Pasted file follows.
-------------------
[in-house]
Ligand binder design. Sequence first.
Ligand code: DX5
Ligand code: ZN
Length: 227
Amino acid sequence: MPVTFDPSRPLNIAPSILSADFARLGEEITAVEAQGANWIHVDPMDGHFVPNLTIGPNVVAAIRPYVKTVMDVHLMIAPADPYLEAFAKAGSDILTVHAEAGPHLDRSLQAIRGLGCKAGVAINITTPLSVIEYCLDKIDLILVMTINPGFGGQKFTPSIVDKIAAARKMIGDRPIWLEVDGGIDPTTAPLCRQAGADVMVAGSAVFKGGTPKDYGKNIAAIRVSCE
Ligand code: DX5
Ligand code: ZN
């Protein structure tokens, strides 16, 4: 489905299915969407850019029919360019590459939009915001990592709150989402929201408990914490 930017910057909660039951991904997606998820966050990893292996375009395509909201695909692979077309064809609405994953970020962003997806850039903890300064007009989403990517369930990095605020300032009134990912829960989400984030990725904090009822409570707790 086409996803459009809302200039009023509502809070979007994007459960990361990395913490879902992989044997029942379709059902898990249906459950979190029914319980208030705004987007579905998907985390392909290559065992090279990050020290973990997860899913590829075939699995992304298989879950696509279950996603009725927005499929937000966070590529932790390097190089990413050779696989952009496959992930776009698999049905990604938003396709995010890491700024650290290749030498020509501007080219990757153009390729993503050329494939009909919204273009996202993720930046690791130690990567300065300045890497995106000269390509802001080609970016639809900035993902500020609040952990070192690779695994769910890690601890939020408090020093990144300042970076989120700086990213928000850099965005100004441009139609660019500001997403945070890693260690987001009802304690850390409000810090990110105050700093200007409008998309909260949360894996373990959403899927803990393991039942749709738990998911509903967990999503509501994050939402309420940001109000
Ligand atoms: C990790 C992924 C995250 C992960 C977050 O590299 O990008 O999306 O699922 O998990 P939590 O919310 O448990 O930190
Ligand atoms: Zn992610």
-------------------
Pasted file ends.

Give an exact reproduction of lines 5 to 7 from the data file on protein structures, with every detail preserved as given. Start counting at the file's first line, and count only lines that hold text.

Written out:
Length: 227
Amino acid sequence: MPVTFDPSRPLNIAPSILSADFARLGEEITAVEAQGANWIHVDPMDGHFVPNLTIGPNVVAAIRPYVKTVMDVHLMIAPADPYLEAFAKAGSDILTVHAEAGPHLDRSLQAIRGLGCKAGVAINITTPLSVIEYCLDKIDLILVMTINPGFGGQKFTPSIVDKIAAARKMIGDRPIWLEVDGGIDPTTAPLCRQAGADVMVAGSAVFKGGTPKDYGKNIAAIRVSCE
Ligand code: DX5